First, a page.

CAMBRIDGE, N.Y. (AP) — In the midst of quiet lives of prayer, a handful of nuns have sliced out a niche as bakers of high-end cheesecakes, so rich and creamy in flavors of chocolate, amaretto and key lime that they seem downright sinful.
But there are no transgressions here. In fact, money from the sales help the sisters of New Skete sustain their small monastery in upstate New York.
"Everything in moderation is one of the Christian concepts, I think," said Sister Cecelia. "So who's to say we shouldn't appreciate food? God made us to love food."
Even the sisters' humility comes in moderation: They freely advertise their cheesecakes as "heavenly."
Though the sisters' mastery of cheese fillings and cookie-crumb crusts is novel, the idea of nuns and monks selling their handiwork — the sisters' larger cheesecakes can sell for more than $40— is not.
Contemporary monasteries could easily stock a first-rate boutique with the likes of lip balm, chocolate bourbon fudge, greeting cards, herbal liqueur, gouda cheese and scented candles. The nearby monks of New Skete train dogs and breed German shepherds.
On a recent baking day, the nuns tied kerchiefs on their heads to cut into pillow-sized hunks of cream cheese, melt chocolate chips on a stove top, mix the thick batter and pour it into circular forms.
Sister Patricia, 82, loaded the unbaked cakes into the wide mouth of an oven fitted with five shelves that rotate like a Ferris wheel. Each of the roughly 220 cheesecakes came out of the oven that day only after she eyed each one carefully.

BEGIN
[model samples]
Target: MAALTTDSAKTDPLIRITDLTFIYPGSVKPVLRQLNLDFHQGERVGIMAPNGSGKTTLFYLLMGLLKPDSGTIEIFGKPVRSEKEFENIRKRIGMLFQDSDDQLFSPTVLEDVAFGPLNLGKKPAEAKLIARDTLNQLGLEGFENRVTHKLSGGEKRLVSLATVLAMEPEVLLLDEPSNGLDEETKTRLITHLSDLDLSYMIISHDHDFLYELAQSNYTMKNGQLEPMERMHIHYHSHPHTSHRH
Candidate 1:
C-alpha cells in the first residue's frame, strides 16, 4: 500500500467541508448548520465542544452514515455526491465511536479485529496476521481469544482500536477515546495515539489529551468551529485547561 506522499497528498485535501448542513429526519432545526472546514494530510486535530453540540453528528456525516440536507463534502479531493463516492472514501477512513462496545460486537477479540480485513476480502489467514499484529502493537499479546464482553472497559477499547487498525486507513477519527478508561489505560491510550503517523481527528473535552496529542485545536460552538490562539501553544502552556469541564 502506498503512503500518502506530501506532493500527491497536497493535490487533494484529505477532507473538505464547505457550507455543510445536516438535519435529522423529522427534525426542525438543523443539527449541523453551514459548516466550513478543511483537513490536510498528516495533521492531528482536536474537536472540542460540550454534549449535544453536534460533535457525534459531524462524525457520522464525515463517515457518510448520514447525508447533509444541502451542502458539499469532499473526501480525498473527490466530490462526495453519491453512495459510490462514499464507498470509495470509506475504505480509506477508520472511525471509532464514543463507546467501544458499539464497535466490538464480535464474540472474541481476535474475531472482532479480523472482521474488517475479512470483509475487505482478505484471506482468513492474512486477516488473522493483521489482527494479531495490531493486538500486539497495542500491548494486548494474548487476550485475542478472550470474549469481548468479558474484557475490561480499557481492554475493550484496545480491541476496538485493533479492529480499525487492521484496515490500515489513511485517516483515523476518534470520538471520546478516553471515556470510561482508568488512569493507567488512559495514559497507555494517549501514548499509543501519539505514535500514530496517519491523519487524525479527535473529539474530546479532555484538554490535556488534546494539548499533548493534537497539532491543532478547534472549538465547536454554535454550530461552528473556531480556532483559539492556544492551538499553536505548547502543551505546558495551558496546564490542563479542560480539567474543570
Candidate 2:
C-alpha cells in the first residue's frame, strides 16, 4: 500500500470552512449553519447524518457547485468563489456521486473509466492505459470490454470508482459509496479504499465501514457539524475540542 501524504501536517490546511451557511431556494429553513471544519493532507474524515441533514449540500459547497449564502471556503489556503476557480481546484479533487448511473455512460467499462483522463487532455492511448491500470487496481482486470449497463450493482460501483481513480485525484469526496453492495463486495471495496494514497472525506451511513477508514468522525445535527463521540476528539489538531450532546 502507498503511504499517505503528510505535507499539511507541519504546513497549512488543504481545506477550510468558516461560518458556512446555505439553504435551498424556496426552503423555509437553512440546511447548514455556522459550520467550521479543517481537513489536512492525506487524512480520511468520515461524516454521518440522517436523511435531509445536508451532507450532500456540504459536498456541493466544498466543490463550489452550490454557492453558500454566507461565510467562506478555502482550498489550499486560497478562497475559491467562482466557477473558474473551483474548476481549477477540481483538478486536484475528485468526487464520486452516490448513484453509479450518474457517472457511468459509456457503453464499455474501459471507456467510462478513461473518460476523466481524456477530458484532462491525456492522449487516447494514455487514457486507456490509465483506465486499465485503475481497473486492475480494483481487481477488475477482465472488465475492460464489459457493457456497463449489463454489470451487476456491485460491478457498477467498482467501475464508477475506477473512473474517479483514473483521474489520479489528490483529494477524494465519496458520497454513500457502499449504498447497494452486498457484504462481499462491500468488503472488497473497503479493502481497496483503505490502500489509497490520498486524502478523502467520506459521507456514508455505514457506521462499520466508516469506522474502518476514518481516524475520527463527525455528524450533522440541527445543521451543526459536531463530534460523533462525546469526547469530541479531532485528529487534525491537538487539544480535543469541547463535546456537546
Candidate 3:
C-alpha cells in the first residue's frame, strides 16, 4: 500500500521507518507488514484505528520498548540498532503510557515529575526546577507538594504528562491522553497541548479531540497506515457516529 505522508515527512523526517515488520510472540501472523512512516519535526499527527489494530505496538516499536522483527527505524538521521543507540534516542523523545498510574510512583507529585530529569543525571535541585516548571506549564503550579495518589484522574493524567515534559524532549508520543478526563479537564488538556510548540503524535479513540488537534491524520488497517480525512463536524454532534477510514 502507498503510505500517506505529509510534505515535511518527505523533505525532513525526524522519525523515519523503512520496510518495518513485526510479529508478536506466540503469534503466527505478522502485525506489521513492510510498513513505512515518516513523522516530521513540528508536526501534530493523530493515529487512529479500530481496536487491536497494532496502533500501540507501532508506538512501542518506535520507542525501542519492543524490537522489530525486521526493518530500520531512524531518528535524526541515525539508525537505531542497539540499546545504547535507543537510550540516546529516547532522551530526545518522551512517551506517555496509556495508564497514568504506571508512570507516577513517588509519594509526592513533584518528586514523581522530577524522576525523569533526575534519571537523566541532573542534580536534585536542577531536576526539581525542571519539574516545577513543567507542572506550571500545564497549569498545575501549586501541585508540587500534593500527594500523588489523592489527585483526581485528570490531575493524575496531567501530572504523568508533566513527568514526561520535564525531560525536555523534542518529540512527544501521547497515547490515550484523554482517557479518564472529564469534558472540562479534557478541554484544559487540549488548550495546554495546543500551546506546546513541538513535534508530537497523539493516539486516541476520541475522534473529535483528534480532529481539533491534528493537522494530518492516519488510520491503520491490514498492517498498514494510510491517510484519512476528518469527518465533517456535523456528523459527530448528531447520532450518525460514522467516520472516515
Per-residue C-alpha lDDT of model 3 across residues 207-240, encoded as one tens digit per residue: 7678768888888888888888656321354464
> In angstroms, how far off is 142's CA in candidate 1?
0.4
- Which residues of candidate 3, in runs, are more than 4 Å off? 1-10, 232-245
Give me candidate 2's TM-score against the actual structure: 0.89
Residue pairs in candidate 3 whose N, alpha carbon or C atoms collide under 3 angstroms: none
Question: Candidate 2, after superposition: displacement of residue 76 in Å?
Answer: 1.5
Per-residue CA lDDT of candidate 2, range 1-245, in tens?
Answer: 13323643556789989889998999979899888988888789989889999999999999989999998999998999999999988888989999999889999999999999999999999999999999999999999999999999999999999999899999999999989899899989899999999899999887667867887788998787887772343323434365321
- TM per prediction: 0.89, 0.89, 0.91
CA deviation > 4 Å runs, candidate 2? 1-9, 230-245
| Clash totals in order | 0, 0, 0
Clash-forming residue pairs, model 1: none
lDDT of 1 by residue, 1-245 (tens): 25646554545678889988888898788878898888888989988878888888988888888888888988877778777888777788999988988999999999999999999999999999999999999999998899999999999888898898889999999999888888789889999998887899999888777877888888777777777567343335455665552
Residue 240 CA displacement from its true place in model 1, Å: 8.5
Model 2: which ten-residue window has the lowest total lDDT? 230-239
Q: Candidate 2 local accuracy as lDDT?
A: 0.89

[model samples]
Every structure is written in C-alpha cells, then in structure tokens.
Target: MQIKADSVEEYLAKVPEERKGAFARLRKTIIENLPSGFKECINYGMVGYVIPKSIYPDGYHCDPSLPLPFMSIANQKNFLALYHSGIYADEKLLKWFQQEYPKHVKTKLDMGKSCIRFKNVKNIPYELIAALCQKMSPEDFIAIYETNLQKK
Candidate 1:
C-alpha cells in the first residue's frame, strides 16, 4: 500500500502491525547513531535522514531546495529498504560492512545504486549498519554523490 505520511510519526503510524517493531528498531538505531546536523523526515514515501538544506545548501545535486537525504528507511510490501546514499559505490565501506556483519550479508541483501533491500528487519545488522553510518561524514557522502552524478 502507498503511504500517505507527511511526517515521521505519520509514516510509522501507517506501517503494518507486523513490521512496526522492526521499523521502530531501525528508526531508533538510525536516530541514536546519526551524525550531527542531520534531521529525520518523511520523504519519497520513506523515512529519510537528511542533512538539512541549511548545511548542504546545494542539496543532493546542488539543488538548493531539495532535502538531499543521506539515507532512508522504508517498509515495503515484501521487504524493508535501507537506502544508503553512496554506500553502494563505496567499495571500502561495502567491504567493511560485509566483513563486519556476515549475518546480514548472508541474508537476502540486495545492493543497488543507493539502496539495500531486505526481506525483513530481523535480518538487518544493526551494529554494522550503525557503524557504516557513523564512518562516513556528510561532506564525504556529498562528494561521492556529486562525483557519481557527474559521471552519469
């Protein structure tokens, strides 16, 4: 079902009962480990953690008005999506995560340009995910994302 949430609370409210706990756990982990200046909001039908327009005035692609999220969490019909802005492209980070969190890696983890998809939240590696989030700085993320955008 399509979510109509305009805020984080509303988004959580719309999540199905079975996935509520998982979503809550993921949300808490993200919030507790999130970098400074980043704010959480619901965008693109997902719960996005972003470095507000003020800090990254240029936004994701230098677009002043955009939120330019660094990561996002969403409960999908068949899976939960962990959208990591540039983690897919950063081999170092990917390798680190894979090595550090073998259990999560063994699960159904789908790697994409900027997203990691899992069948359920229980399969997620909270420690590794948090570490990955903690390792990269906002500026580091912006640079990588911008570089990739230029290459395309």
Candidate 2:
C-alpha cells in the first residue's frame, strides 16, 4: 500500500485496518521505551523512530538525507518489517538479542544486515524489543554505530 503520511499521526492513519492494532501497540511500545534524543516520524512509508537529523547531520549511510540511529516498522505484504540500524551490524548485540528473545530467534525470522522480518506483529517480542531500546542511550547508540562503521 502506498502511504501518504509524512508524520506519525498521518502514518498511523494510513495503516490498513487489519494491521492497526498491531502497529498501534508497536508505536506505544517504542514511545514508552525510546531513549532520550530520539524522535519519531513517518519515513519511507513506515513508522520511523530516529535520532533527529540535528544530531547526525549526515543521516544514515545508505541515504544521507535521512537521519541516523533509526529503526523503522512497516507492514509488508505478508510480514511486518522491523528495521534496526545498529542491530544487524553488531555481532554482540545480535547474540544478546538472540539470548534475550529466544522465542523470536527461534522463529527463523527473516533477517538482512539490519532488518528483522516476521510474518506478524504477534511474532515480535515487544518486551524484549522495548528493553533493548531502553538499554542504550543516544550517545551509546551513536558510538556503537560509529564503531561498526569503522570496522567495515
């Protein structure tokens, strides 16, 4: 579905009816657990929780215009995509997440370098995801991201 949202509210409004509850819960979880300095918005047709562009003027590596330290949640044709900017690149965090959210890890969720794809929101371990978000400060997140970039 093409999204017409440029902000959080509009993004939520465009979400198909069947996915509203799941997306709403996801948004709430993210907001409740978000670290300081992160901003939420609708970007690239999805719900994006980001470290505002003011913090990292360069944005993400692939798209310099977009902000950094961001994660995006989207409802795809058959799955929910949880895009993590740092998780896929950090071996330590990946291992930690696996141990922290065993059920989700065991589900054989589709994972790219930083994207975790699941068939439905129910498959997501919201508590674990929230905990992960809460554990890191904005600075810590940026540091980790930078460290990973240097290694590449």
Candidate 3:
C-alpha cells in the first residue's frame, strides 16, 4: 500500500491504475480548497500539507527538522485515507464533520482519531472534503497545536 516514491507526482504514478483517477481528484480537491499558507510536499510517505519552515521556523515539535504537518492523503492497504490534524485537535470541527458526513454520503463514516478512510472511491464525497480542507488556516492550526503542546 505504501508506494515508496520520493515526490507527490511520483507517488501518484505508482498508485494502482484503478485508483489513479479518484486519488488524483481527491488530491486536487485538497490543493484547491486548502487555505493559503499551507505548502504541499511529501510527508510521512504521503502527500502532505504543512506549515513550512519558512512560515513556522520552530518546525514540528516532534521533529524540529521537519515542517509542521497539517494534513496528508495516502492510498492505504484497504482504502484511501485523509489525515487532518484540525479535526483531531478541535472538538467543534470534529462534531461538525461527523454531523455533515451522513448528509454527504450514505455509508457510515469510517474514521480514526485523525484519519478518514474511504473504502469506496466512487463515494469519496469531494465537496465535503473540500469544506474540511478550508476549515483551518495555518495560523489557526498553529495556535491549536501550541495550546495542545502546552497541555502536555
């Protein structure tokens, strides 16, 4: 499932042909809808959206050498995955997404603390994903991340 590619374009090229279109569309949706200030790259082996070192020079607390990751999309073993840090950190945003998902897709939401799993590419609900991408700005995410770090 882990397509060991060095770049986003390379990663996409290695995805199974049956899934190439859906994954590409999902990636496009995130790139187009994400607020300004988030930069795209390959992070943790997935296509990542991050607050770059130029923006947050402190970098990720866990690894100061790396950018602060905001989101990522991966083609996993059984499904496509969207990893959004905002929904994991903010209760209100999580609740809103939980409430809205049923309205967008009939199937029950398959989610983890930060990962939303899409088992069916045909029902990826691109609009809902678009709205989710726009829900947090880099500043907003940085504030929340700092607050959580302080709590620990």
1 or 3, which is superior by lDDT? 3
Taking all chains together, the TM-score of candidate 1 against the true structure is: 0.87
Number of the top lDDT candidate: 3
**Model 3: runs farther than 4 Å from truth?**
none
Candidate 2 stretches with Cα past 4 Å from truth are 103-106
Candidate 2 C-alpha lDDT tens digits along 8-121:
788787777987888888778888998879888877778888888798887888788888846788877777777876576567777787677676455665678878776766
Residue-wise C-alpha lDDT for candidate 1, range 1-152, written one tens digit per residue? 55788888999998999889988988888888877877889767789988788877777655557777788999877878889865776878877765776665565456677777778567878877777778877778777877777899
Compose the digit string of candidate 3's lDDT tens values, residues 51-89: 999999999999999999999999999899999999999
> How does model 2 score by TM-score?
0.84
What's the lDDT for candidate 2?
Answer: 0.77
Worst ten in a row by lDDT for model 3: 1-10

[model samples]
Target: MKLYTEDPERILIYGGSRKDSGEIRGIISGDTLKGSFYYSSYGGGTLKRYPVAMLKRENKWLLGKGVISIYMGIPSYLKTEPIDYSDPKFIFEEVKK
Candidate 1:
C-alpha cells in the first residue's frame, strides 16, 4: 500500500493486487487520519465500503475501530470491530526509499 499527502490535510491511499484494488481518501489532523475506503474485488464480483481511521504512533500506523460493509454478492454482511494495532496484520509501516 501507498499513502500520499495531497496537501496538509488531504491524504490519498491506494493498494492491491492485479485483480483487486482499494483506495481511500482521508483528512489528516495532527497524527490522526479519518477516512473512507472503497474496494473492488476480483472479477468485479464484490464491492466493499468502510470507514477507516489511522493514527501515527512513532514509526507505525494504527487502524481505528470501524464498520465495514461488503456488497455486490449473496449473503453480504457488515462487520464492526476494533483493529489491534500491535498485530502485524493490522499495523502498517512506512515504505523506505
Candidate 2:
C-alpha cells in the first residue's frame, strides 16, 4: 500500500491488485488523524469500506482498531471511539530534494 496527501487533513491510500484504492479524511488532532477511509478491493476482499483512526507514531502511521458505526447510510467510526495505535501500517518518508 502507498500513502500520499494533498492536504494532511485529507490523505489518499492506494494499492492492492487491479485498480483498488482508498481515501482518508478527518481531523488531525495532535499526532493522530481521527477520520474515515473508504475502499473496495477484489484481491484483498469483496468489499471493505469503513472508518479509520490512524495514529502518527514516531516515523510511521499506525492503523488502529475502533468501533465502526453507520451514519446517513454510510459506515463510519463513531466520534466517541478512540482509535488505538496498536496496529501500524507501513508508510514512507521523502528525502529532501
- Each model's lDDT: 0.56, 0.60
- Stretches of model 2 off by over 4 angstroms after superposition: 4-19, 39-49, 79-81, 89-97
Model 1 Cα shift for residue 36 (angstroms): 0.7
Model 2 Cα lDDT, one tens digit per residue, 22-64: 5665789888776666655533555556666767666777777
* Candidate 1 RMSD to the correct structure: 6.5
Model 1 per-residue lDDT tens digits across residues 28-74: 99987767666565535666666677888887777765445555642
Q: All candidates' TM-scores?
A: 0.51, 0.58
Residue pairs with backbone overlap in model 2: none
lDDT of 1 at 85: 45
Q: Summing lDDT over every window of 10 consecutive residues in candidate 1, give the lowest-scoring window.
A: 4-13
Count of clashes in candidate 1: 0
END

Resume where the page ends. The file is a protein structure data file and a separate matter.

"You make 220 decisions on whether the cakes are baked," said Sister Patricia. "You get used to it, but you do need to know the look of each flavor, they look different. And if you leave them too long, they crack."
The five nuns of New Skete (two more are in a nearby nursing home) live communally in a monastery near the Vermont state line under the aegis of the Orthodox Church in America. The youngest is 64 and some of them, like Sisters Cecelia and Patricia, have spent their adult lives as nuns.
The roots of the cheesecake business here go back to 1969, when five Roman Catholic nuns from Indiana searched for a less cloistered life in a new monastery. They ended up in Cambridge near like-minded monks and began looking for ways to earn money.
They cleaned houses, worked at the local hospital and did upholstery work. One of the nuns, Sister Magdalene, had a talent for baking and in the mid '70s and tried selling cheesecakes to local restaurants.
The cheesecakes were such a hit they added a bakery in 1983. Baking of the four-pound cakes is now done one or two days a week, depending on the season. The nuns sell their cheesecakes online, at the monastery and deliver to some stores in the region like Delmar Marketplace near Albany, where co-owner Christine McCarroll said sales pick up during holidays.
"When extended family gets together, we usually have one," said customer Sandy Onderdonk, who especially likes the amaretto variety. "It doesn't seem expensive because you don't need a big piece." Michael Hill, Associated Press